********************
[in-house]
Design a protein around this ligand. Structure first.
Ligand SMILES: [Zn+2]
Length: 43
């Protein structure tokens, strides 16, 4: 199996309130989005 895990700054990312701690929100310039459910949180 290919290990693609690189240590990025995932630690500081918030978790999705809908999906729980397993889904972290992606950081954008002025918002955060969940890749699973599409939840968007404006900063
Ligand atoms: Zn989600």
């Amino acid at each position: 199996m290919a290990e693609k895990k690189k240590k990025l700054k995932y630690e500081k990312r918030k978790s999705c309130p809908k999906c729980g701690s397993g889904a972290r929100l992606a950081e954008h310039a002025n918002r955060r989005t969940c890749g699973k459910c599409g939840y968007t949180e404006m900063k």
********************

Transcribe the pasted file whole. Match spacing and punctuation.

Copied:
[in-house]
Design a protein around this ligand. Structure first.
Ligand SMILES: [Zn+2]
Length: 43
């Protein structure tokens, strides 16, 4: 199996309130989005 895990700054990312701690929100310039459910949180 290919290990693609690189240590990025995932630690500081918030978790999705809908999906729980397993889904972290992606950081954008002025918002955060969940890749699973599409939840968007404006900063
Ligand atoms: Zn989600």
């Amino acid at each position: 199996m290919a290990e693609k895990k690189k240590k990025l700054k995932y630690e500081k990312r918030k978790s999705c309130p809908k999906c729980g701690s397993g889904a972290r929100l992606a950081e954008h310039a002025n918002r955060r989005t969940c890749g699973k459910c599409g939840y968007t949180e404006m900063k």